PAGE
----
Video Gamer Play // Don't Miss: 6 techniques to make game narratives m...
Don't Miss: 6 techniques to make game narratives more dynamic
“Game streaming has revealed a dirty little secret,” says Richard Rouse III in his Tuesday GDC talk “Dynamic Stories for Dynamic Games.” Youtube viewers who watch multiple Let’s Plays of a given game can now see just how often players can make very different choices and wind up with a similar result. The possibility space of games often isn’t as wide as it appears to be.
“We’ve made gameplay experiences feel dynamic, but then the outcome is exactly what we wanted to happen,” says Rouse. “We can’t hide behind that anymore.”
Rouse insists that a writers must fight for the time and resources needed to create a genuinely dynamic story, and insists that this gives games a real commercial advantage. He points out that players clearly respond to the vast openness of AAA game worlds in Fallout and GTA and Witcher games, and they also love the unique possibilites that expert use of randomness and procedural generation can add to indie titles like Don’t Starve, Spelunky and Darkest Dungeon.
“Players have a limited amount of money,” he says. “They want to get value out of games, and one way to give that value is to make them feel that the game is really reacting to what they’re doing.”
Rouse outlined six different techniques for adding dynamism to game stories, and cited several games that exemplify each of these techniques.
Even relatively straightforward games can have side narratives and deeper story threads for more dedicated players to tease out. Consider the crucifix or the combination to the safe in Gone Home.
Rouse also points to Jordan Mechner’s underappreciated classic Last Express, in which certain conversations and events are so time specific that it’s impossible to get to them all in one playthrough.
A story that leaves a lot up to the player’s imagination can make a game feel more dynamic. You can see this in elliptical works like Dear Esther, as well as in games like Silent Hill that give players tiny slices of a densely detailed story.
Rouse points out that this isn’t a game-specific technique. Part of why books like Slaughterhouse Five and The Martian Chronicles pull readers in is because they are deliberately convoluted, and leave a lot out. And part of why movies like the Shining and Inception have such cultish followings is because they leave a lot up to personal interpretation. (Though Rouse points out that both of those movies balance their open endedness with a closing moment that adds some sort of resolution.)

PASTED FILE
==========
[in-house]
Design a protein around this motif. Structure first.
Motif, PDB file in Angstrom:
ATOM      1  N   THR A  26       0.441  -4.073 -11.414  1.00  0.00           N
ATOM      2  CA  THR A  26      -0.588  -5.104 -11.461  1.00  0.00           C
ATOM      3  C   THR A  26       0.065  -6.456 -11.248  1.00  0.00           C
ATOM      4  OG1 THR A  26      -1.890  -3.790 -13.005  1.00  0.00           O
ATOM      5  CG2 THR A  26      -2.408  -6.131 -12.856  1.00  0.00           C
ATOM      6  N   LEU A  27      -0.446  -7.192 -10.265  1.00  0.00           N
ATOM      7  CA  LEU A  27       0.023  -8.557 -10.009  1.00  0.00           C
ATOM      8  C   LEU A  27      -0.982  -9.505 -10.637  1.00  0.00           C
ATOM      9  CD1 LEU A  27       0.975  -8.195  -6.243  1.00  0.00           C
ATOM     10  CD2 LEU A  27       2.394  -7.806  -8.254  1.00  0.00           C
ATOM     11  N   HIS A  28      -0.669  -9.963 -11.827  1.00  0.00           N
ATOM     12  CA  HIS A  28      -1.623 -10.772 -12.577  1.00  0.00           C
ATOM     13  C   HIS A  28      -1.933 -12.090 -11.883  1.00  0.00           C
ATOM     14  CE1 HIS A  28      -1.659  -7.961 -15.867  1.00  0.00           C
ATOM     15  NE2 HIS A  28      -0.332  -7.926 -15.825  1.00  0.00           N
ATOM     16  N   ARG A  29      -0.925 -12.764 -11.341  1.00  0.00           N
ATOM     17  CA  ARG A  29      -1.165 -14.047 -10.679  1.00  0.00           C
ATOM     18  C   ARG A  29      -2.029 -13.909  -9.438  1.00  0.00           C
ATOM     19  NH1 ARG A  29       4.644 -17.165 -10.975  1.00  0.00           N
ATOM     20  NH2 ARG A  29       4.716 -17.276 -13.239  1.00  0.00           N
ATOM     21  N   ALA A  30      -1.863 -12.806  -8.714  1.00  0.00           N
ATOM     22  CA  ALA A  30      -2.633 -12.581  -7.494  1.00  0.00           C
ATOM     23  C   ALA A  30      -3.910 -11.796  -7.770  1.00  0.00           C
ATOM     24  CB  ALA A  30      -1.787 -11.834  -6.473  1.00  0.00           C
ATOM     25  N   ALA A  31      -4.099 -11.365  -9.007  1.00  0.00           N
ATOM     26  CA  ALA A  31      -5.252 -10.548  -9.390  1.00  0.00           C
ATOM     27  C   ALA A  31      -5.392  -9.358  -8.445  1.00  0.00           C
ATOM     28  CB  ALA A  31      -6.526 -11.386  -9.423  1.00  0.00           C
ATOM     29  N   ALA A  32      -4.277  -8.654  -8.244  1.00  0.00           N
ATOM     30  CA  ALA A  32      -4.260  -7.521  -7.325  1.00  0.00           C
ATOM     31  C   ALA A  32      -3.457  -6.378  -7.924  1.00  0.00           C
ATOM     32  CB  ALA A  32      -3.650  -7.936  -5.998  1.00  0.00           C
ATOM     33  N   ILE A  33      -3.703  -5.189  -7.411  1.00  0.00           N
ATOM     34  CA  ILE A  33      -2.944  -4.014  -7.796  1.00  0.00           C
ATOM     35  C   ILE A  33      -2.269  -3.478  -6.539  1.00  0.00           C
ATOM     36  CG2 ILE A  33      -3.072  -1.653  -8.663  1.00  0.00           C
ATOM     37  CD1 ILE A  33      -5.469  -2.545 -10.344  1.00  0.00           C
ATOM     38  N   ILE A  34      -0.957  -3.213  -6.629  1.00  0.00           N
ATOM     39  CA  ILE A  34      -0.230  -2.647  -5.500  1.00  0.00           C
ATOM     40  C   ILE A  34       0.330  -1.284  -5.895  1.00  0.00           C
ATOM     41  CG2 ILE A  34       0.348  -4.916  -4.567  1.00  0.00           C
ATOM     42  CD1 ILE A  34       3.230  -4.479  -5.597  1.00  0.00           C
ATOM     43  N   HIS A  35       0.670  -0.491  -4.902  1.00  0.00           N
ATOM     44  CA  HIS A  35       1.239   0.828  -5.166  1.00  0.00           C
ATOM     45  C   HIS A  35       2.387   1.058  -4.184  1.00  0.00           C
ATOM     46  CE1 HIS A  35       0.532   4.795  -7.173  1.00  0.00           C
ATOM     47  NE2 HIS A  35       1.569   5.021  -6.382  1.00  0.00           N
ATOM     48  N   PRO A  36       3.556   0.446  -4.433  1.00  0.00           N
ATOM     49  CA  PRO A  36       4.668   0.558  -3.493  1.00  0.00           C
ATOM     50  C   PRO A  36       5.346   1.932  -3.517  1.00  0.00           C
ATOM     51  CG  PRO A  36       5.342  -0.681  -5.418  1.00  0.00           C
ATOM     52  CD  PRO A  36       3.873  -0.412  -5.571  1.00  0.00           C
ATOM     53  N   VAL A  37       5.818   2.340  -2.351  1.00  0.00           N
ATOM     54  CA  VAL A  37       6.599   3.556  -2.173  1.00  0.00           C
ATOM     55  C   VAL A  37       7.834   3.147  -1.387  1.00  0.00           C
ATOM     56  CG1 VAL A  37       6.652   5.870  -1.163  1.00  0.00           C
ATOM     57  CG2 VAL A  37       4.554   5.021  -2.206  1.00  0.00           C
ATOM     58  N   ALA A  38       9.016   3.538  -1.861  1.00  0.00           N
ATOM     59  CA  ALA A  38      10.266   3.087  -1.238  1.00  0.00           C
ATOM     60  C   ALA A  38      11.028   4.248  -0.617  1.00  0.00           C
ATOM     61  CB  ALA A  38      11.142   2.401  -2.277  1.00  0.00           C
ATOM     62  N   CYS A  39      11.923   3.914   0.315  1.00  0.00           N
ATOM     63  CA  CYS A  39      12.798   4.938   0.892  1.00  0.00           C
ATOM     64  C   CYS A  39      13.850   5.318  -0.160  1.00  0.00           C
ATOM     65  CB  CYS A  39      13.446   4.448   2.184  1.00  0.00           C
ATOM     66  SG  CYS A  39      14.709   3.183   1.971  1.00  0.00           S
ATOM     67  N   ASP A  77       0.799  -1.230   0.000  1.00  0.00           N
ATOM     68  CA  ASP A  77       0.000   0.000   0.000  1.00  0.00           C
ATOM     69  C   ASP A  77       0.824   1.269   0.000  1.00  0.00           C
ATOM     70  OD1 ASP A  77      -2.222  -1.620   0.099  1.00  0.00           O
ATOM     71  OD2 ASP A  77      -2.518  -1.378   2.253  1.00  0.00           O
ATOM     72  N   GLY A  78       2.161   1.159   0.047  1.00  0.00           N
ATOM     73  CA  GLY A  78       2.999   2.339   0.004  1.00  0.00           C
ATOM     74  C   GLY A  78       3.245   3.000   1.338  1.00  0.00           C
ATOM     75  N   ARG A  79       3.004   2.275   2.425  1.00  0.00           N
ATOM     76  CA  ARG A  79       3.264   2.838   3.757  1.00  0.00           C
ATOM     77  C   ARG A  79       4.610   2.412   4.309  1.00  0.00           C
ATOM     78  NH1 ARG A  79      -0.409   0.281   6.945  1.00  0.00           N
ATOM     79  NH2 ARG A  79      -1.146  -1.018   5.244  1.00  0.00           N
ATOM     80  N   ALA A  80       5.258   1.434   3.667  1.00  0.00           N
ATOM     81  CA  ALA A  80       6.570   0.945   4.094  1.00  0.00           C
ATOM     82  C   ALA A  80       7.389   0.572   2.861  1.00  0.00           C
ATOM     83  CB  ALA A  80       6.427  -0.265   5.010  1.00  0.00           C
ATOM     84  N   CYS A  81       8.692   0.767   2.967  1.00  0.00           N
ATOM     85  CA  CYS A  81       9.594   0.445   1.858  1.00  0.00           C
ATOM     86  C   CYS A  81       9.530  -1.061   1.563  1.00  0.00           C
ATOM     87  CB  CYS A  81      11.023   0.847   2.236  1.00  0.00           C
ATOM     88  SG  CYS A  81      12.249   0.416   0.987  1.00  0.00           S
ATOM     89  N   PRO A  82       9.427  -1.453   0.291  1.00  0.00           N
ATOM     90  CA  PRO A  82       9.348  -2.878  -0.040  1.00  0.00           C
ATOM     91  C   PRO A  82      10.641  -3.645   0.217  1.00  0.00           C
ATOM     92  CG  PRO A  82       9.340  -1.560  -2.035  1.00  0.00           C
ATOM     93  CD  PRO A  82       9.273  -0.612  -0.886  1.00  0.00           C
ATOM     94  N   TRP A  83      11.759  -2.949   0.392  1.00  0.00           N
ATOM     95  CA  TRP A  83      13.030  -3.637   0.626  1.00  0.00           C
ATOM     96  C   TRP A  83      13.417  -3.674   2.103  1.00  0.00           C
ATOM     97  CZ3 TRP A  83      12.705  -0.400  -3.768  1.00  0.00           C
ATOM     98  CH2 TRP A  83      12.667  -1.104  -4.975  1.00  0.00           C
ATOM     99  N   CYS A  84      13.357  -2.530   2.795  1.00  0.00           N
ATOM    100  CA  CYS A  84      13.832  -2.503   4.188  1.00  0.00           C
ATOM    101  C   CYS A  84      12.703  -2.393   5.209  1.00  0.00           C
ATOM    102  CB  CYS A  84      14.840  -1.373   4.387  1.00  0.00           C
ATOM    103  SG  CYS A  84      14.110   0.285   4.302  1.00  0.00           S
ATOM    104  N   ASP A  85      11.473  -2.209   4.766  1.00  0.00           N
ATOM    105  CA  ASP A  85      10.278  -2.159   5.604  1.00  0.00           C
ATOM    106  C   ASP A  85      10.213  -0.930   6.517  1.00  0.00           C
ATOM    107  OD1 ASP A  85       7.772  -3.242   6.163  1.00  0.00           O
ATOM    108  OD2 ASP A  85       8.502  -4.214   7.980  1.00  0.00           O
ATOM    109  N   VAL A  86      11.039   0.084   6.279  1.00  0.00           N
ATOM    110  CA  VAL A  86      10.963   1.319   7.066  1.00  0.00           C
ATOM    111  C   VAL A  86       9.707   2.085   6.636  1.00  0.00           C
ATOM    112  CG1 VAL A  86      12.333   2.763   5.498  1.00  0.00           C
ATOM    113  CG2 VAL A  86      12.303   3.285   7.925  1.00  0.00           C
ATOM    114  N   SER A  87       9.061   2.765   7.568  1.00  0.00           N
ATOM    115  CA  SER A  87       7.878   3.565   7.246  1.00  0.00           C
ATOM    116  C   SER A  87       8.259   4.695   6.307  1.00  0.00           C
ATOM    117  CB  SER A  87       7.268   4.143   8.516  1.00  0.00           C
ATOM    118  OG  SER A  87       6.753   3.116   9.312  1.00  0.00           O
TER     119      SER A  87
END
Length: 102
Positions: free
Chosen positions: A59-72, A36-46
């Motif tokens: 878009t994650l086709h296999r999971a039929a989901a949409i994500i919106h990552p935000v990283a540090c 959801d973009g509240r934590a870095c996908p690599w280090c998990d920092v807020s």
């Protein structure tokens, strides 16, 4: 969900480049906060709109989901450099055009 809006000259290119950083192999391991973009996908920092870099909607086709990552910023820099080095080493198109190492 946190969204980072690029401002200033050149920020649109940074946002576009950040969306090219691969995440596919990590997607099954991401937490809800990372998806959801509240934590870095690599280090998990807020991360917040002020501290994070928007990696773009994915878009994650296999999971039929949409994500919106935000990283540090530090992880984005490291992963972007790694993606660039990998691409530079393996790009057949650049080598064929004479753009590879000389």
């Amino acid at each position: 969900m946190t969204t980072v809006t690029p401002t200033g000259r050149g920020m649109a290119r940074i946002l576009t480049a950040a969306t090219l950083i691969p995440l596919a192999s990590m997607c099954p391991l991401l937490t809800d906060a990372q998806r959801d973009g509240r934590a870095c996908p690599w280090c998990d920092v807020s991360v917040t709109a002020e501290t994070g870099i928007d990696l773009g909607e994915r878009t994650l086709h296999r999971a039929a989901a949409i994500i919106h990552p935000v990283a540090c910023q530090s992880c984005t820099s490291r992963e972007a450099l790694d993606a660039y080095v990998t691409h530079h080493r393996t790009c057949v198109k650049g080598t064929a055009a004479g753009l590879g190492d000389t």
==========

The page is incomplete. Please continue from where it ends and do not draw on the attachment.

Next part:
Game writers have to present players with an openness that invites them to fill in the cracks with their imagination, while avoiding obtuseness that leaves them confused or hurts engagement. Rouse quotes Sony Santa Monica senior Designer Brian Upton’s book The Aesthetic of Play:
“As we leap from beat to beat, we choose a set of interpretive constraints to explain each beat’s presence. These interpretative constraints generate expectations about the direction and significance of the story. Future beats either confirm or falsify these expectations, triggering either satisfaction or frustration.”
Players appreciate a game that clearly takes note of the decisions they make. Rouse cites Bioshock allowing players to harvest or rescue the Little Sisters, or the increasing number of rats faced by those who play through Dishonored in a dishonorable manner.
He has more praise for Telltale’s Walking Dead series, which he says was very good at presenting players with choice points where there was no clear sense of which option was “good” and which was “bad.” Firewatch, created be several people who worked on the Walking Dead‘s first season, strikes him as an interesting evoolution of this, with many small choices effecting things in subtle ways.